WKAY progress, this weekend

No blogging this weekend, due to engineering work. Specifically, it’s quite incredible the difference between the amount of blog I can produce in an afternoon and the amount of code, which sort of bears out all the misgivings you might have about the whole blogging project. (Not that those wouldn’t have been better raised in 2002, but there you go.)

It was WhoseKidAreYou taking up the time; I’m learning steadily about SPARQL and various Javascript things, notably XPath, which I have to agree is a pretty cool way of dismantling, remantling, and generally fiddling with HTML/XML documents, even compared to BeautifulSoup. (You can search for a pattern – for example, anything with the class attribute “byline” – and then index into the results by a filesystem-like / notation, which is handy when the material you need is inside a sensibly named entity but wrapped in random tags, a surprisingly common antipattern.) I’ve also identified 11 newspapers’ patterns for bylines, and in the cases where the metadata is in the meta tags, like it should be, I’ve also identified where the byline block appears in the text.

For example – the Torygraph puts the name of the author in a meta name="author" content="A. N. Other", and they then have a div class="byline", but the byline div also includes the timestamp, so we’re getting the byline from the meta tags to save post-processing it and then identifying the div for later.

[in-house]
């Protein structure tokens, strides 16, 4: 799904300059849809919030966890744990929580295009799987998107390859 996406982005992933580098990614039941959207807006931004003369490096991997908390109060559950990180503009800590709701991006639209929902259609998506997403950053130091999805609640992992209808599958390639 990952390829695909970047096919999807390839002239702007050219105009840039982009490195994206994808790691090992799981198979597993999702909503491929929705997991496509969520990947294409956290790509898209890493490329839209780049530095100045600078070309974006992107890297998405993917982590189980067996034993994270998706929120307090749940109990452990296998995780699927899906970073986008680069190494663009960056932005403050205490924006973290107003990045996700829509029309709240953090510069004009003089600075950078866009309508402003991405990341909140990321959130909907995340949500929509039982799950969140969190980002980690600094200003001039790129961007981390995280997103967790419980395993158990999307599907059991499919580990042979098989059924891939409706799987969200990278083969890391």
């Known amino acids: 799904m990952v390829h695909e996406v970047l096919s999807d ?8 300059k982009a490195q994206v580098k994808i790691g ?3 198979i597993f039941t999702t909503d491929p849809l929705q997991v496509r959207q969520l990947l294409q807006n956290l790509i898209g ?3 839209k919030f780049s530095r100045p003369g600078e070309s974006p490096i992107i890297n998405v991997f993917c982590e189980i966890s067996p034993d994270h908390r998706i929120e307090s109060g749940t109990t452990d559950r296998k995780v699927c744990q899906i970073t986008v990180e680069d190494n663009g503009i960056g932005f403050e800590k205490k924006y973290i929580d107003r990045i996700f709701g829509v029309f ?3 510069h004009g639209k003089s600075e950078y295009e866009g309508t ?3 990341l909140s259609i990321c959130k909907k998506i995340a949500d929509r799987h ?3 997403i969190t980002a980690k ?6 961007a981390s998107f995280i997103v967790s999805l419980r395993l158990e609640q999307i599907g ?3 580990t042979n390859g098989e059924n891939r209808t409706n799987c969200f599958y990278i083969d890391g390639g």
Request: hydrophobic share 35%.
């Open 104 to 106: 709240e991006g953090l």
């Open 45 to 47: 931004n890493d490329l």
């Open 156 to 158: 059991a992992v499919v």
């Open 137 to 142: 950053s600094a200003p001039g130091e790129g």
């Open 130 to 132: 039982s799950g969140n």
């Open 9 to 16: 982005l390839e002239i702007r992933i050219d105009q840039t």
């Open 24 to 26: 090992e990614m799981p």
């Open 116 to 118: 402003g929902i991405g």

Fair enough; the next problem is the SPARQL query, which seems to be remarkably tickly and easy to break. The problem with this semantic web stuff is that it’s so damn semantic; everything wants very closely specifying. In theory, it should be possible to grab a whole variety of data on the overentitled brat in question – employment, publications, criminal record, however. Which is nice.

The downside is, though, that DBpedia is dependent on decent infoboxes in Wikipedia articles to work. So if you want to help with WKAY (I like the acronym – sounds like a Mexican radio station in a Jack Kerouac novel) and you aren’t coding, why not go and contribute relatives to Wikipedia?

Actually, I don’t think the Wikimedia Foundation will let you do that, even if The Register likes to call them a cult. I mean, contribute other people’s relatives. No. No. No slavery or grave-robbing, please. I mean, go and edit prominent idiots’ Wikipedia entries and record whose kids they are, and pretty up the info boxes.

Speaking of info boxes, at the moment they are the best paradigm I can think of for displaying the data when we get it. It’s pretty trivial to template HTML in Greasemonkey and to replace elements on the page with it, but I want it to look good. If Dan Lockton wants to join the Ggroup, that would be very helpful.




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